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Causes of Clonus

author image Jennifer Markowitz, MD
Based outside Boston, Jennifer Markowitz received her M.D. from the University of Pennsylvania and completed residency training at the Children's Hospitals of Philadelphia and Boston. She is board-certified in Pediatric Neurology and Neuromuscular Medicine. Her writing and presentations have focused on both scientific and patient audiences.
Causes of Clonus
Reflex testing. Photo Credit: Keith Brofsky/Photodisc/Getty Images

When doctors check reflexes, they don’t always get a normal response. Clonus, a type of hyperactive reflex, is a rhythmic response to reflex testing. Instead of just one movement, a series of repetitive reflex movements are observed. Clonus reveals a problem with the nerve cells in the brain that control movement, or the wires that they send down through the spinal cord. Damage to these brain cells or their wires allows nerve cells in the spinal cord to activate muscles excessively. This causes hyperactive reflexes and clonus. Common causes of clonus are multiple sclerosis, strokes, tumors and trauma.

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Multiple Sclerosis

Multiple sclerosis is the most common cause of nervous system-related disability in young adults, according to a May 2013 “American Family Physician” article. With MS, the immune system mistakenly attacks and destroys the insulating material around nerves that enables fast transmission of nerve signals. The loss of this material -- a process called demyelination -- disrupts nerve signals between the brain and spinal cord, leading to clonus. Depending on the sites of demyelination, clonus can affect different areas and be present on one or both sides of the body.

Strokes and Brain Tumors

Strokes occur when brain cells do not receive enough oxygen or nutrients due to blockage of a blood vessel by a clot, or due to bleeding in the brain. Clonus develops after a stroke if it injures the brain's motor nerve cells -- cells that control body movements -- or their wires as they descend toward the spinal cord. Similarly, brain tumors that are located near the brain's motor nerve cells or wires, or cause swelling in these areas, can cause clonus. In both of these cases, a stroke or tumor on one side of the brain will cause weakness and clonus on the opposite side of the body.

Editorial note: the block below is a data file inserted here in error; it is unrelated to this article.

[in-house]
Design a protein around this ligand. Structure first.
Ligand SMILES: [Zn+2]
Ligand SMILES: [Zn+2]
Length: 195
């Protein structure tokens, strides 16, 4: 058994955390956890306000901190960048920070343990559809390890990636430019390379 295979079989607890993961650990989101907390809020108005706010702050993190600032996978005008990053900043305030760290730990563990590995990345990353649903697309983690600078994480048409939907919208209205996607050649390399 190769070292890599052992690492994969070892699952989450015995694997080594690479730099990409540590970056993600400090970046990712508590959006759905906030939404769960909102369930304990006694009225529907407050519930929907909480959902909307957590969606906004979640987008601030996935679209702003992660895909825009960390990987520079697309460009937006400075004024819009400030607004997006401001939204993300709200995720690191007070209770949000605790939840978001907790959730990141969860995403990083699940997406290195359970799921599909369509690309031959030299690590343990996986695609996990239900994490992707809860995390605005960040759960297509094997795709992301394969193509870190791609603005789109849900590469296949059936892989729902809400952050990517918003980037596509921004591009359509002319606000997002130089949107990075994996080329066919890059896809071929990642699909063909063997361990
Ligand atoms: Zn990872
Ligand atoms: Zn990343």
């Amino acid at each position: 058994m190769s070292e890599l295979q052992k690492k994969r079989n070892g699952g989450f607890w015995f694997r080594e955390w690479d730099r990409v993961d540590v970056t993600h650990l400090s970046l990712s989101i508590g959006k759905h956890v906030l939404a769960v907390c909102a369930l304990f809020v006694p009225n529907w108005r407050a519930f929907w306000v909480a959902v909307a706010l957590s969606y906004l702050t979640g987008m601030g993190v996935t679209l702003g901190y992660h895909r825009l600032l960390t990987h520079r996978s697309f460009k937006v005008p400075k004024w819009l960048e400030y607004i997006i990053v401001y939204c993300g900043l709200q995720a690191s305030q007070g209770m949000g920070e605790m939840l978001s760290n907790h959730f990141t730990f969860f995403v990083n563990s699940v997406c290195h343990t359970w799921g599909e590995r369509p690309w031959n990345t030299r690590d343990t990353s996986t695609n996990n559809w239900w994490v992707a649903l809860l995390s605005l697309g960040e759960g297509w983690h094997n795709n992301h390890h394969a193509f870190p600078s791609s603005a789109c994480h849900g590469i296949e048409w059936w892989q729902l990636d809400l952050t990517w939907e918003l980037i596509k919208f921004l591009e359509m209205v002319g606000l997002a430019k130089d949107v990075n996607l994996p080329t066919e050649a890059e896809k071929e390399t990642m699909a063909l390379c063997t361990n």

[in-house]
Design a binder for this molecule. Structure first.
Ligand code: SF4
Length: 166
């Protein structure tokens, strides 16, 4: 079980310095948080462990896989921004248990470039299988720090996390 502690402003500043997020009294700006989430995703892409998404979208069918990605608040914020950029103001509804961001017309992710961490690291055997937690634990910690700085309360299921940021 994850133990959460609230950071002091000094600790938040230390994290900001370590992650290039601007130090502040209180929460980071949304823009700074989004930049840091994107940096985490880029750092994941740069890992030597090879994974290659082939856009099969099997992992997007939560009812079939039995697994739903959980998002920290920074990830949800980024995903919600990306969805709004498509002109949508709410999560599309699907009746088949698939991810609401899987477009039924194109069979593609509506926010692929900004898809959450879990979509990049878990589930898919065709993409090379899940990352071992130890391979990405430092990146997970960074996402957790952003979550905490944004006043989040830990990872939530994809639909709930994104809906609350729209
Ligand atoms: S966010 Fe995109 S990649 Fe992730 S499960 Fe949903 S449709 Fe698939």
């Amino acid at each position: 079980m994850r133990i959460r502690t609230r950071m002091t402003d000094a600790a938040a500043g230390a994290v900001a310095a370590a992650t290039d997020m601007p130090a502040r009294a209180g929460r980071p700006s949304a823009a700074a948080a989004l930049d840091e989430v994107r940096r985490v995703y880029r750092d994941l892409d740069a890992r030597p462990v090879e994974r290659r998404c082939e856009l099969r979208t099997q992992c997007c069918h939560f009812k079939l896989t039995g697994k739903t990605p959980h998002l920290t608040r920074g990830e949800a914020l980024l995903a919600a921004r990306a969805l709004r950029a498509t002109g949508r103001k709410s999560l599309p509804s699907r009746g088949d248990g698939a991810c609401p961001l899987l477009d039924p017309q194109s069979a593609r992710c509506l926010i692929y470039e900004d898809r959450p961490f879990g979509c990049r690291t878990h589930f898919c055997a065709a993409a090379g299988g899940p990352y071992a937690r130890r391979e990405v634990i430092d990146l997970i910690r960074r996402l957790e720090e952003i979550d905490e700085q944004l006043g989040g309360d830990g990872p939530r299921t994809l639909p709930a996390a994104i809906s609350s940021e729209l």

Trauma and Infections

Trauma that causes a torn, or severed, spinal cord ultimately results in clonus. This is because the motor nerve cells in the spinal cord below the level of the injury no longer receive any signals from above to inhibit their activity. Head trauma can also cause clonus, through direct injury to motor nerve cells in the cerebral cortex -- the outer portion of the brain -- or through shear forces that injure the wires. Infections like meningitis -- involving the membranes that surround the brain -- or encephalitis -- involving the brain itself -- cause clonus through direct injury of nerve cells or their wires, or through brain swelling.

Drugs and Other Causes

Clonus is one of the features used to diagnose serotonin syndrome, a condition resulting from an excess of the nervous system chemical serotonin. Serotonin syndrome is usually caused by high doses or combinations of certain prescription medications, though it can also be caused by drugs of abuse. Other symptoms of this syndrome include agitation, confusion, fever, diarrhea, tremor, sweating, shivering, muscle breakdown, seizures and -- when severe -- multi-organ failure.

There are many less common causes of clonus, since clonus can result from any condition affecting the brain cells that control movement or the wires they send through the spinal cord. Examples are Lou Gehrig disease, hereditary spastic paraparesis and anoxic brain injury, caused by inadequate oxygen supply to the brain.

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